The dangerously played ball Rules could of course be written in a much clearer way and they could (and should) contain more objective height criteria for 'dangerous' than the limit on the first hit shot made towards an out-runner during - which is in any case, I was informed by Roger Webb some years ago, not about dangerous play but about the conditions to be met for a Rule compliant shot at the goal i.e. a shot that could be scored from.

            Clearly a high first hit shot is said to be not Rule compliant because a hit raised at that range into an opponent is likely to be dangerous - and there is supposed to be an emphasis on safety (ha ha), but then there is no such height limit on any subsequently hit shot.

            Raised shots are seldom penalised as dangerous despite what is given in Rule 9.9, (which does not mention hit shots even though Rule 9,9 is a Rule about the intentionally raised hit) when they are made in open play or as a subsequent shot even when propelled at opponents within 5m.

            We often see a raised ball that is propelled towards an opponent above knee height in the areas outside the opponent's circle penalised as dangerous play, but not when the ball is raised to below knee height (in that case it is usual for the player hit with the ball to be penalised). This is obviously an aberration of a Rule which is supposed to be applied only during a penalty corner and then only when a first hit shot is raised towards an out-running defender. In other circumstance the text from Rule 9.9 applies (no minimum height for danger if the ball is raised at all - but then again no mention of raised hits either - which is absurd.)

            The dangerously played ball Rules are a mess, and umpires, as we so often see, apply them in a seemingly haphazard way based on personal opinion (or do what they have been told to do). The umpires in the Netherlands for example have been instructed by their ruling body that legitimate evasive action does not apply to defenders defending the goal during a penalty corner !!! That is an illegal instruction, but the FIH although they have been made aware of this situation (in 2018) have yet to instruct the RNHB to withdraw it.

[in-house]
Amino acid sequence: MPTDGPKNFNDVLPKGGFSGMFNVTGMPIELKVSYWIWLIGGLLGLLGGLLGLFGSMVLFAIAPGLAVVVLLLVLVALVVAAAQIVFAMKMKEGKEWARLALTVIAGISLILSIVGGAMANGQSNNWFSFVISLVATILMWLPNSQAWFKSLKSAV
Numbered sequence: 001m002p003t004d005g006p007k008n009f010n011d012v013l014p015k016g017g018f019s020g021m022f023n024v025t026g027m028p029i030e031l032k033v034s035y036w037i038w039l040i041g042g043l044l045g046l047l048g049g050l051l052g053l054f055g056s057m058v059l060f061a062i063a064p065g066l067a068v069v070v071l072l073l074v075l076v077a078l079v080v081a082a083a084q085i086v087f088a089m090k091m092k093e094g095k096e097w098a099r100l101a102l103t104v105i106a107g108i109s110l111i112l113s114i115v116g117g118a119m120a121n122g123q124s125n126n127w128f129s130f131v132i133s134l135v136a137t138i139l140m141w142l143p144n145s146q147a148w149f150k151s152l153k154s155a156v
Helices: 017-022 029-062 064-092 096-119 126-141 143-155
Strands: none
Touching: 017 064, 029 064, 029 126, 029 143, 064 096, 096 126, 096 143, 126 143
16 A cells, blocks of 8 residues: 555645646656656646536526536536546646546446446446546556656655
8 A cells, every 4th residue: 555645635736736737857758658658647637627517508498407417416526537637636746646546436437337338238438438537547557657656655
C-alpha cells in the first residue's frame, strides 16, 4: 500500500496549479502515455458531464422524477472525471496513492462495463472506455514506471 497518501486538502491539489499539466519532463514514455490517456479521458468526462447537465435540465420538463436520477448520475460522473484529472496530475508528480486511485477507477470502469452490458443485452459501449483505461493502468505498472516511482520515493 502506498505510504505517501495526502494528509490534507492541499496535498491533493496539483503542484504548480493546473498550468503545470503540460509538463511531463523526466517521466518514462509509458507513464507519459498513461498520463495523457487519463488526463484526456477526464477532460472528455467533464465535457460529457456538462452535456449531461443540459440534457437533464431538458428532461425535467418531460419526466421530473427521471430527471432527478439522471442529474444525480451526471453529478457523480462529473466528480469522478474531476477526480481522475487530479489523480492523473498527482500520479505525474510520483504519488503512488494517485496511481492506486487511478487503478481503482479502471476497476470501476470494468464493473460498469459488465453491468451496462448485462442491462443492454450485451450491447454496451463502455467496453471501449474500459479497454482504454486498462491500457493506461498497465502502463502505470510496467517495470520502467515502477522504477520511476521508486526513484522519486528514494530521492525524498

Nobody really gives a toss about the dangerously played ball as long as they are not the ones defending against them or the one hit with the ball. Even players who have been injured with a raised ball don't pay much attention when other players suffer the same misfortune, even when the ball is raised at them intentionally or recklessly or carelessly. Why do I say that? Because we have been talking about this subject for more than thirty years, but the most recent important change has been to allow attackers to shoot at the goal on the fly from above shoulder height - often from above head height, and also because there are still idiots about who insist that a shot made at the goal cannot be considered to be dangerous play. For an example watch the Umpire Briefing Video produced for the Rio Olympics in 2016. Quote "....of course a defender on the goal-line cannot expect the protection of the Rules..." So what are the Rules for?
            Last edited by Conundrum; 01-31-2022, 12:16 PM.

        • #6
          Nearly always YHTBT

          For me : Did the defender have a chance of being safe. That's the question.

          Factors:

          Height, Speed and distance of shot - Higher shots are more dangerous. Faster shots are more dangerous. Closer shots are more dangerous.

          Defender's positioning/awareness - are they ready for a shot, are they on the ground or facing another direction having taken evasive action. Danger level varies based on this. Are they in the goal expecting a shot. Did they put their body intentionally in the way ? Did they attempt to play the ball? Did they try and use their body like a goalie / just making themselves big in the goal.

          Attackers choice - did they aim to go high at a defender when there is an equally reasonable low shot? Has the attacker done several raised hits before?

          Comment


          • Conundrum
            Conundrum commented
            Editing a comment
            You write. Height, Speed and distance of shot - Higher shots are more dangerous. Faster shots are more dangerous. Closer shots are more dangerous.

            But these things are not generally considered together and often, individually, not at all.